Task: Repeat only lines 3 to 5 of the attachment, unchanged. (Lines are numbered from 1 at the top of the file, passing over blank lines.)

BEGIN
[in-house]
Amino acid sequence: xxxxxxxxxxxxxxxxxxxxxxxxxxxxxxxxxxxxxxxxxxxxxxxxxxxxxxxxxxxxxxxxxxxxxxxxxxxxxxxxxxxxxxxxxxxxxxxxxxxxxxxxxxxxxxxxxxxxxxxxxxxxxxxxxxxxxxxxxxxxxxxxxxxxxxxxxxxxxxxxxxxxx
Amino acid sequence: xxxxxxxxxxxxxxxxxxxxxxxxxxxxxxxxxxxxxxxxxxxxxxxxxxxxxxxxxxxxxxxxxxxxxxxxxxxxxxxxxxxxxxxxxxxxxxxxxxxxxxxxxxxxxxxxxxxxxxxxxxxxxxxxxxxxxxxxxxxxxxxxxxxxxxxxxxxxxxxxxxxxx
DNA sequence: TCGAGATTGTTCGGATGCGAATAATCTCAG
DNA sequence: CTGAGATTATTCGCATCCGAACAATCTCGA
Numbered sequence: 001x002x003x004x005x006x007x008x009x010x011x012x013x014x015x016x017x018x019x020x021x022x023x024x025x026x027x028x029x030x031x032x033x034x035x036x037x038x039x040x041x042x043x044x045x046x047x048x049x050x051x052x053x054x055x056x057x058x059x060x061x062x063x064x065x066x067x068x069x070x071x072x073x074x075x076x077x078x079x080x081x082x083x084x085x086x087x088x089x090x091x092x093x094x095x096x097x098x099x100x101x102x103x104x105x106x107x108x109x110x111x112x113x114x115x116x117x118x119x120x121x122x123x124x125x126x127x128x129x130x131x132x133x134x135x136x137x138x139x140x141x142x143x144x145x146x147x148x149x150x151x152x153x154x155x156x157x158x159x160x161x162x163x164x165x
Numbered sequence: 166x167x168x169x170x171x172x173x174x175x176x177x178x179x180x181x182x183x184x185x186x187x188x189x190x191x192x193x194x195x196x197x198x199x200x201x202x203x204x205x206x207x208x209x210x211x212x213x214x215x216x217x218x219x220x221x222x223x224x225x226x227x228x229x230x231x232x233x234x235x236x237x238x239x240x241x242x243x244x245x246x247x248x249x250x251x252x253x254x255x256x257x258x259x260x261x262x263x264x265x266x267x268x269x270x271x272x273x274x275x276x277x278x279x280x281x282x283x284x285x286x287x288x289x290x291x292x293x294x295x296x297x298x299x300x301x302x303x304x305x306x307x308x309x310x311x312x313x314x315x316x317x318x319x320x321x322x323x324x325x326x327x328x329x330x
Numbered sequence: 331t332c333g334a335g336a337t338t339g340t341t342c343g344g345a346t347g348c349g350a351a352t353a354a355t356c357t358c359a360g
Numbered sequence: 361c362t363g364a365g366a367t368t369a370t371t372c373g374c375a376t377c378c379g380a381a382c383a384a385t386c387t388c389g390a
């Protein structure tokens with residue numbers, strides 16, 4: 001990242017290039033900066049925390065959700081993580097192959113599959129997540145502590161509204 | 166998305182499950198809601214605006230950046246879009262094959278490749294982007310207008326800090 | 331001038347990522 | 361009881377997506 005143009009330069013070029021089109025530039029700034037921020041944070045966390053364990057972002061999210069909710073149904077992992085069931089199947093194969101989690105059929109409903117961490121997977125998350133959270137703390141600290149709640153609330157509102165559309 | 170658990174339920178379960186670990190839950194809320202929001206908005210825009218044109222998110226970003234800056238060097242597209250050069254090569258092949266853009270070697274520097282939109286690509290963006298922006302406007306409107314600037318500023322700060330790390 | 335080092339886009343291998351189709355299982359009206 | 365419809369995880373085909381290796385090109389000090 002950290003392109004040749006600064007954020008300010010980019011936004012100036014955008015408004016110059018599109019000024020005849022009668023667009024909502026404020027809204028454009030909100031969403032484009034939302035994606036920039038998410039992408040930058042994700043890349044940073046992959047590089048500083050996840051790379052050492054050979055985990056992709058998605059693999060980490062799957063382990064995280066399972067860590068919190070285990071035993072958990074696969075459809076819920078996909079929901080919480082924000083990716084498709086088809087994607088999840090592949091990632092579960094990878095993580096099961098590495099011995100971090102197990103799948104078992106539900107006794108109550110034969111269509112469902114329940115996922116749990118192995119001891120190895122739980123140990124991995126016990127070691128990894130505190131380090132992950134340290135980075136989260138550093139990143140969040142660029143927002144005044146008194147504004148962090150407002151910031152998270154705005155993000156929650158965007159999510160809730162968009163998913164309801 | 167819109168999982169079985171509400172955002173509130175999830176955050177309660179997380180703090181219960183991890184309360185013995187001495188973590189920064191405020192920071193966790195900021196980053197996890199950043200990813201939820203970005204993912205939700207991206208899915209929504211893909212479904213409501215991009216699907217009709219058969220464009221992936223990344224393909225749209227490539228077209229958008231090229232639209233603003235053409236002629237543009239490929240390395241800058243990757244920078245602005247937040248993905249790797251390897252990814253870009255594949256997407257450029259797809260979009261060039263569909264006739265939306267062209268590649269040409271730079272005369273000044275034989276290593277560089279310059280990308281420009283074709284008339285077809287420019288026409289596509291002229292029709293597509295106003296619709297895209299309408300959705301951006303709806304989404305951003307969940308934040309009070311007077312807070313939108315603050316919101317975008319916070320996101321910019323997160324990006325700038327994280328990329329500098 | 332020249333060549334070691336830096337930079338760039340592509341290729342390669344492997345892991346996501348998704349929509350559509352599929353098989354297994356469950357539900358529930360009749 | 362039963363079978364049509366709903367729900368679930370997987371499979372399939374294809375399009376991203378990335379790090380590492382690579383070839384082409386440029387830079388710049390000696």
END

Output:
Amino acid sequence: xxxxxxxxxxxxxxxxxxxxxxxxxxxxxxxxxxxxxxxxxxxxxxxxxxxxxxxxxxxxxxxxxxxxxxxxxxxxxxxxxxxxxxxxxxxxxxxxxxxxxxxxxxxxxxxxxxxxxxxxxxxxxxxxxxxxxxxxxxxxxxxxxxxxxxxxxxxxxxxxxxxxx
DNA sequence: TCGAGATTGTTCGGATGCGAATAATCTCAG
DNA sequence: CTGAGATTATTCGCATCCGAACAATCTCGA